Herpes simplex virus type 1 (HSV-1) is a significant human pathogen and is the leading cause of sporadic encephalitis in the USA. Strains of virus display virulence phenotypes ranging from avirulent to highly pathogenic. There are indications that the virulence of a given strain of virus is actually determined by the ?constellation? of genes carried by the virus and how they interact with each other; a phenomenon termed epistasis. Traditional methods for analyzing the function of viral genes are difficult to apply to studying epistatic interactions in virulence. Recently we described a novel approach, vQTLmap, that has allowed us to identify contributions of multiple genes to peripheral disease phenotypes. To date we have analyzed four quantitative phenotypes, blepharitis, stromal keratitis, corneal neovascularization, and weight loss. Surprisingly, there are distinct differences in the viral genes that appear to be driving each of these phenotypes. In order to carry out vQTLmap using quantitative measures of neurovirulence, we need to isolate additional neurovirulent recombinants between the OD4 and CJ994 parental viruses. The goals of this proposal are to generate the reagents (e.g., neurovirulent recombinants) needed to analyze neurovirulence genes driving HSV-1 encephalitis and identify epistatic interactions and carry out vQTLmap analysis of percent mortality, percent ataxia, percent head tilt, and percent limb paralysis. At the completion of this project, we will be able to submit an R01 application to carry out vQTLmap on features such as percent mortality, brain titers of virus, localization of the infection in the brain, and neuroinvasiveness. A better understanding of how viral genes work together to promote disease has the potential to identify novel targets that could assist antiviral drug or vaccine development efforts.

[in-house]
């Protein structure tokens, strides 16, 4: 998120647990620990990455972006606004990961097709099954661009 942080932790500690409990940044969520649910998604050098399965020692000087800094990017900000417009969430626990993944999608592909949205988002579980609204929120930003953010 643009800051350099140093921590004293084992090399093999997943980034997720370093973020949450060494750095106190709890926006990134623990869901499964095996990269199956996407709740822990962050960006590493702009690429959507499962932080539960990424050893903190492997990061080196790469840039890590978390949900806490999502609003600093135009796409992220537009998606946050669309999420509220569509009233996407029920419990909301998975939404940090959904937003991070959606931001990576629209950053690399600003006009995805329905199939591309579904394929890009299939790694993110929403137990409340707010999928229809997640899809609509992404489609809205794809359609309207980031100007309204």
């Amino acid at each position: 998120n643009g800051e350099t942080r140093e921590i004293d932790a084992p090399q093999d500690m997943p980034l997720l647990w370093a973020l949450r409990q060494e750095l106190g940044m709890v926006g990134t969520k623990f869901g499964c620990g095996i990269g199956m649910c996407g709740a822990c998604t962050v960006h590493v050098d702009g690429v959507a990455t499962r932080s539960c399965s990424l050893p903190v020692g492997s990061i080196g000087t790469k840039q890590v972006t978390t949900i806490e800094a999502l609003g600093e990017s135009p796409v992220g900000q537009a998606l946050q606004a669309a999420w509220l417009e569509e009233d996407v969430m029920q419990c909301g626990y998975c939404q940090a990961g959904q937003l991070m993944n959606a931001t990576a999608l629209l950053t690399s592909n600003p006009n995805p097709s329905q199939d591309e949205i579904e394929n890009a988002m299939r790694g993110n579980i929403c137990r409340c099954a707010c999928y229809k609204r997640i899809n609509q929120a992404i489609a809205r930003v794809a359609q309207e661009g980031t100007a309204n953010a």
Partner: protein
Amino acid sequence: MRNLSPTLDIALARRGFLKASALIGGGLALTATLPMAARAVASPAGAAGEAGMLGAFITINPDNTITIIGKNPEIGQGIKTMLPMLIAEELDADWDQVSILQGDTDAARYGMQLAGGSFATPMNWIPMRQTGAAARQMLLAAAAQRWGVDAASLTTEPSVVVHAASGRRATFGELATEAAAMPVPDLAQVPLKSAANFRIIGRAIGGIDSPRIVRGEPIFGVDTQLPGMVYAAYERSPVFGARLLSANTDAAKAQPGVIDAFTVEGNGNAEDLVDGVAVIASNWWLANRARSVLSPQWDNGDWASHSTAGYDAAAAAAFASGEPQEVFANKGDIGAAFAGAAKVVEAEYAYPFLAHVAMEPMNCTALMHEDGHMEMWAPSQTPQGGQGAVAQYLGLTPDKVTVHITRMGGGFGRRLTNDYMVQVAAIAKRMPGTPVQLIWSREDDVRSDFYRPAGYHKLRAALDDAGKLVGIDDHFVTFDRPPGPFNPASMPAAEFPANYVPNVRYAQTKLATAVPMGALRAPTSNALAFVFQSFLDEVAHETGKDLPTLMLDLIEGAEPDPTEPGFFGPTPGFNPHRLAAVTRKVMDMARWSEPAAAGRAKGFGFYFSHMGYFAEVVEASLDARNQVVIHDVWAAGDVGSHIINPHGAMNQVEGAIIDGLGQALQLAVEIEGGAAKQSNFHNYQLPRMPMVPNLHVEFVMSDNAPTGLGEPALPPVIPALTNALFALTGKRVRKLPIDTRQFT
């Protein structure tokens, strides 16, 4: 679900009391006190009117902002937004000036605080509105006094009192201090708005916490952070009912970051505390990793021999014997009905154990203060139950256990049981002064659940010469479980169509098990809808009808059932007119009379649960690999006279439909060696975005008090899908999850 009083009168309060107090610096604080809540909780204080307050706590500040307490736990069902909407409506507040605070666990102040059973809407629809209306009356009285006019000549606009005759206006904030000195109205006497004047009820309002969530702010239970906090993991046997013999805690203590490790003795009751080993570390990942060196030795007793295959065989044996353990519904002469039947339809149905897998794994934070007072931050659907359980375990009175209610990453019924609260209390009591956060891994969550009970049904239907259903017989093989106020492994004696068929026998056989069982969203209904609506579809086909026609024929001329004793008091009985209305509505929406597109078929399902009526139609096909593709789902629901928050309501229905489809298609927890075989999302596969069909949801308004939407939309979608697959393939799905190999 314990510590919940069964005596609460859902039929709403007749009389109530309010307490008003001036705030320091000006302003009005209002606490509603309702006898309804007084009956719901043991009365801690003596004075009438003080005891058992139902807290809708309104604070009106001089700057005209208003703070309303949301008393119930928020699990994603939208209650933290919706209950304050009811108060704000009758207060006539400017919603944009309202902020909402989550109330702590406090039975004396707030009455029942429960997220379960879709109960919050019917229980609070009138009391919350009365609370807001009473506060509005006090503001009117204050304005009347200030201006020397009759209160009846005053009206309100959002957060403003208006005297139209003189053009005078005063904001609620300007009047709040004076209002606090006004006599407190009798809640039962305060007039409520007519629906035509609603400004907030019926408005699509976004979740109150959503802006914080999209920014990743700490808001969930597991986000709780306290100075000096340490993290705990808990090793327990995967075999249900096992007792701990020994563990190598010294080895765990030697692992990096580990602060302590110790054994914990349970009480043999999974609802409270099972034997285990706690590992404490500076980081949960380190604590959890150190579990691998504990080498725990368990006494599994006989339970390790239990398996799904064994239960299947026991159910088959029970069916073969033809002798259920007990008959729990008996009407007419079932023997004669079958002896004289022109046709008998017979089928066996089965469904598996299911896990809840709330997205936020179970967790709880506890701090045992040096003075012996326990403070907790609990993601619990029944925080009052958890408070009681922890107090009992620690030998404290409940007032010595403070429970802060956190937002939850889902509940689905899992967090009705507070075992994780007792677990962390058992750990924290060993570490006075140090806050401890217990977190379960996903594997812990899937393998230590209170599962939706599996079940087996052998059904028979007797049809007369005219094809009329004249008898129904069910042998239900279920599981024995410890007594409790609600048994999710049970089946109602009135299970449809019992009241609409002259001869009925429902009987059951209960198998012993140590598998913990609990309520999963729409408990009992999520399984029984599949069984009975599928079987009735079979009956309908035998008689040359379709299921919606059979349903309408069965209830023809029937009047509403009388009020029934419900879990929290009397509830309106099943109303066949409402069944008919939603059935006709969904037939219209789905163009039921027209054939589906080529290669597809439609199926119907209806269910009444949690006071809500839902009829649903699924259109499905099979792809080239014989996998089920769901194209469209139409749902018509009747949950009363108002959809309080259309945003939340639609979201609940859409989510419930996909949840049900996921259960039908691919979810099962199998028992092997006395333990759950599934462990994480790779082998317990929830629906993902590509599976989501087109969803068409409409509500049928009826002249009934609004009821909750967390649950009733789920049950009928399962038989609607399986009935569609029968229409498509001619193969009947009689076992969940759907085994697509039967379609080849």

Public Health Relevance

The role played by viral genes in determining the outcome of infection is poorly understood, particularly for Herpes simplex virus, which is an important pathogen. We have validated a novel approach involving generating recombinant viruses, determining the sequence of their genomes, and using novel statistical methods to map viral genes that affect the severity of the infection. In order to extend the analysis to neurovirulence (encephalitis), we need to isolate more neurovirulent recombinants. The goal of this application is to isolate additional HSV-1 recombinants so we can identify genetic drivers of encephalitis in the HSV-1 genome. The project ultimately has the potential to identify novel therapeutic targets for drug or vaccine development.

National Institute of Health (NIH)
National Institute of Allergy and Infectious Diseases (NIAID)
Exploratory/Developmental Grants (R21)
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Virology - B Study Section (VIRB)
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Beisel, Christopher E
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University of Wisconsin Madison
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United States
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